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Bureaucratic Consistency and Dynastic Continuity: The Case of Titus

Zachary Herz

Columbia University

This talk addresses the emperor Titus’ mass confirmation of prior imperial bequests, arguing that this practice was critical not only to the development of emperor-subject interactions in the later Principate, but also to adapting the fluid ideology of Roman rule to newer theories of legitimacy and dynasticism.

I begin by explaining the stakes of Titus’ succession and legitimation, which were vastly more contingent than later events might make them seem; Titus was not only the first non-Julio-Claudian to succeed peacefully, but also the first natural son to succeed his father (Jones 1984, Tarel 2016). While the former practice would become commonplace,  hereditary succession persisted as a controversial, if desired, practice throughout the Principate (Hekster 2015). Titus’ political messaging can thus be seen as more innovative, and more critical, than heretofore acknowledged; its image of imperial authority would influence state communication for centuries more.

I focus on one specific component of Titus’ self-representation: his mass confirmation of prior imperial grants. This confirmation is attested in both Suetonius (Tit. 8.1) and Cassius Dio (66.19.3), both of whom describe it as a break from tradition. I consider this grant from two perspectives, and examine its practical and communicative implications in turn. First, pragmatics. While the vast majority of our sources for imperial workload come from the Antonine and Severan periods, those sources describe the granting of what Suetonius calls beneficia as constituting an enormous portion of the princeps’ time (Millar 1967, 1977). This practice is not as well recorded under the Julio-Claudians, and mass confirmation (which Suetonius and Dio both suggest continued after Titus’ death) might have been a necessary condition for its eventual centrality to imperial practice. It is impossible to imagine how the imperial bureaucracy managed by Hadrian or Severus Alexander could have functioned if every grant or decision made by those emperors lost its presumptive validity upon their death. The sheer volume of individual confirmations that a successor would need to issue would dwarf new business; even leaving aside the normative desirability of fixing or stabilizing prior grants (Fuller 1964), making decisions reasonably final across moments of succession was necessary for the imperial state to take the form it did in the high Principate.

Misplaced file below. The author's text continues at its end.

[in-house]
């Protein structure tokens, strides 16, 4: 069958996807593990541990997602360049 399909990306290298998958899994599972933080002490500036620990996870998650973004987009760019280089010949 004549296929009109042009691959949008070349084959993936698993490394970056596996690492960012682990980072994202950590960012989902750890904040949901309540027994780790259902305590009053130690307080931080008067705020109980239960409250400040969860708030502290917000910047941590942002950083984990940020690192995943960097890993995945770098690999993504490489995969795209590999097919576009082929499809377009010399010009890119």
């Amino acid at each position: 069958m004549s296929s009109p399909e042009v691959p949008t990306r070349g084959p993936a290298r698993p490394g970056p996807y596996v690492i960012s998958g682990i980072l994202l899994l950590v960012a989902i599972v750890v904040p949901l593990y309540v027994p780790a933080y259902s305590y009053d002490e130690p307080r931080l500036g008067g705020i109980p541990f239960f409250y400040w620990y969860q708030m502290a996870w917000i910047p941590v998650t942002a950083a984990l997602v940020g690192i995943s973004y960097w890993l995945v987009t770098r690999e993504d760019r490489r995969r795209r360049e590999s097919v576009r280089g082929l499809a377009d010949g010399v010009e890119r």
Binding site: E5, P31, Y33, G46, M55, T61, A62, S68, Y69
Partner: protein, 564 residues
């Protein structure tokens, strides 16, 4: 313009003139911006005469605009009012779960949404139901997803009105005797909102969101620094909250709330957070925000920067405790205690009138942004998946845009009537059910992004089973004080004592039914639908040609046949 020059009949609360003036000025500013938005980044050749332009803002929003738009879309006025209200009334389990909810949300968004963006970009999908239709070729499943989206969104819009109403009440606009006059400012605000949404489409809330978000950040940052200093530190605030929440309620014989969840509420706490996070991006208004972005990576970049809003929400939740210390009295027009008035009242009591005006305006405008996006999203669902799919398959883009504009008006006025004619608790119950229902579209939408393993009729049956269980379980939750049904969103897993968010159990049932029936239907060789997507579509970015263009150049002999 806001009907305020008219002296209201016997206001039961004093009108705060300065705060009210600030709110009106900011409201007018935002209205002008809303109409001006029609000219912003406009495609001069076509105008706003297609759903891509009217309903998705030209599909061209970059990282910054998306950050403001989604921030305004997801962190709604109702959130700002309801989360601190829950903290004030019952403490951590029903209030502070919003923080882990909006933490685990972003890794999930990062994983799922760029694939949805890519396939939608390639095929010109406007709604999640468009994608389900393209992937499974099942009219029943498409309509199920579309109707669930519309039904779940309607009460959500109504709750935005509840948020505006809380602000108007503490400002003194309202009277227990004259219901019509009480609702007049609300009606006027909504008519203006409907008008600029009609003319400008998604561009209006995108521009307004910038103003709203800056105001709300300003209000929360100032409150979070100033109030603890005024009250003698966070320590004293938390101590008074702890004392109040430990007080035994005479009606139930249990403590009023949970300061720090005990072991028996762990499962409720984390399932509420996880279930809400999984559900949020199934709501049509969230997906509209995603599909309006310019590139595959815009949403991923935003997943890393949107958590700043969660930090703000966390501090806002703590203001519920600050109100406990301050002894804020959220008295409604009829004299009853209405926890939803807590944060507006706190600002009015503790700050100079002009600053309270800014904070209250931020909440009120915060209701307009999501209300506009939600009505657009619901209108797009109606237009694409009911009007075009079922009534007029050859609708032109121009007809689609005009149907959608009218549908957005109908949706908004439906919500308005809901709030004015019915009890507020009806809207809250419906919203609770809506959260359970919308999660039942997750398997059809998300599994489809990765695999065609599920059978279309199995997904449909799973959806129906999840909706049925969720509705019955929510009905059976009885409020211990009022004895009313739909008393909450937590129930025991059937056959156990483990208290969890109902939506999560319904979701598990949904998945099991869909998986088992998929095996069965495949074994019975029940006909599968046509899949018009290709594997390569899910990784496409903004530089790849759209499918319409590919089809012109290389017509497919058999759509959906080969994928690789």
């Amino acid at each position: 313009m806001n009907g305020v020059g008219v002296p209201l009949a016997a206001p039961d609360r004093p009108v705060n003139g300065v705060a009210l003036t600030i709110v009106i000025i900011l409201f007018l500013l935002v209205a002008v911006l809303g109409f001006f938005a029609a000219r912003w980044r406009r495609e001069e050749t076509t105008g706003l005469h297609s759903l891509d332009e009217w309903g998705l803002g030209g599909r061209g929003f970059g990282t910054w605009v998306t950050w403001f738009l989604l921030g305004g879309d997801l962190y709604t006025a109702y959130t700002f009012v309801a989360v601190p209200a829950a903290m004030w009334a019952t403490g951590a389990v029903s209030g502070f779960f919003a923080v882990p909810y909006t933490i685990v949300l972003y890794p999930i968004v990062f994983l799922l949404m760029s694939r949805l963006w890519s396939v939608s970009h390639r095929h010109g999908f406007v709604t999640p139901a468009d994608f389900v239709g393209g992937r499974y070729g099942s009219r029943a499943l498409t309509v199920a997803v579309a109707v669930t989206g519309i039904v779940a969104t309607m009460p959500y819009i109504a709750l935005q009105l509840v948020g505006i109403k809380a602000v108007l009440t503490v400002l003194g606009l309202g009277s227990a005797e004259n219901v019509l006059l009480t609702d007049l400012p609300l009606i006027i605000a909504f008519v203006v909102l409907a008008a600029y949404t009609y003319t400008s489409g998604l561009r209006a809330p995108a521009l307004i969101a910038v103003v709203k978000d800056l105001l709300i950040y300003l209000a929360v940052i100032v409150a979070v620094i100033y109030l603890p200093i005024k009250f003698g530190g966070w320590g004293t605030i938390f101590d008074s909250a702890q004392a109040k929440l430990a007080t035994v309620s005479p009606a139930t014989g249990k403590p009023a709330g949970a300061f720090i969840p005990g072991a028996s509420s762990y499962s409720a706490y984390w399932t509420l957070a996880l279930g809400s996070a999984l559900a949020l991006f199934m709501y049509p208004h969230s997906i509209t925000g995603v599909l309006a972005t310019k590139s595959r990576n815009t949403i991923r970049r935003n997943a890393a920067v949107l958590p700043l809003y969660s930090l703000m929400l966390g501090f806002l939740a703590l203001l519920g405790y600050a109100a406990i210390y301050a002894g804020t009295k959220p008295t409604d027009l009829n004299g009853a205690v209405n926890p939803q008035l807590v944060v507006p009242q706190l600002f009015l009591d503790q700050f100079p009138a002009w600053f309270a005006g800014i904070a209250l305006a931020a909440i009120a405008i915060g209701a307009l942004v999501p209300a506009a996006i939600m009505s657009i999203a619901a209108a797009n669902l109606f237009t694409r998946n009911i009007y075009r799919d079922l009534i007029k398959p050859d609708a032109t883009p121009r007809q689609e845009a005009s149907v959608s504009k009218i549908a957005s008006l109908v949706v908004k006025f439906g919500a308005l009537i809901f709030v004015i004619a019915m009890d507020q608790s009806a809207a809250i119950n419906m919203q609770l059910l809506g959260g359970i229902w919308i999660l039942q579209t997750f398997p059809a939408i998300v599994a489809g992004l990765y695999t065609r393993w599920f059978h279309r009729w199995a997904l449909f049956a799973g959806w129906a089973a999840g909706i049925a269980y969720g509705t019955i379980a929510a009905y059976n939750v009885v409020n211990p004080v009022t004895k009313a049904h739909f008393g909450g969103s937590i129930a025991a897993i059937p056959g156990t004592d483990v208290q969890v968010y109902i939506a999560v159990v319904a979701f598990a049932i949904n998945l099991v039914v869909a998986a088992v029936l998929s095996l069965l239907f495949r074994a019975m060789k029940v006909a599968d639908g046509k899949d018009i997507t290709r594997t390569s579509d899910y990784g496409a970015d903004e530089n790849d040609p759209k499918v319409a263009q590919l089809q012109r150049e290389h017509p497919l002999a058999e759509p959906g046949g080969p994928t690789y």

I next examine the ideological implications of such a mass confirmation. Historiographic accounts of succession are skeptical of hereditary monarchs like Titus for many reasons, but one of the most prominent is a sort of meritocratic commitment; for example, Tacitus’ Galba states when adopting Piso that being ruled by the best emperor, rather than merely the one with the right parents, might stand loco libertatis (Hist. 1.16). Adoption ensures that whoever is next in line has demonstrated some sort of desirable competence or fitness to rule; a hereditary dynast, by contrast, is a crapshoot. When imagined in light of this specific concern, Titus’ choice to confirm his father’s acts en masse gains a new valence. While confirmation is a superficially administrative act, both Suetonius and Dio juxtapose it with more obviously communicative instances of public munificence such as putting on games or banishing informers. Here, mass confirmation was not only a beneficium in its own right, but one granted by Titus as a son; it presented Titus’ rule as a continuation of his father’s. Rather than dynasticism introducing randomness into the succession, it removed it; Titus preserved the decisions and acts of his father, without implicating his own (potentially suspect) individual judgment.

Finally, I discuss the broader importance of these official acts to imperial representation, and the methodological implications of that importance. Building off of Ando 2000’s consensus model of Roman governance, I argue that many features of Roman administrative practice can be thought of as a kind of public-facing imperial generosity, as much euergetic as bureaucratic. The case of Titus shows how even major structural features of Roman bureaucracy could be shaped by imperial messaging.

Session/Panel Title

Roman Political Self-Representation

Session/Paper Number

3.4

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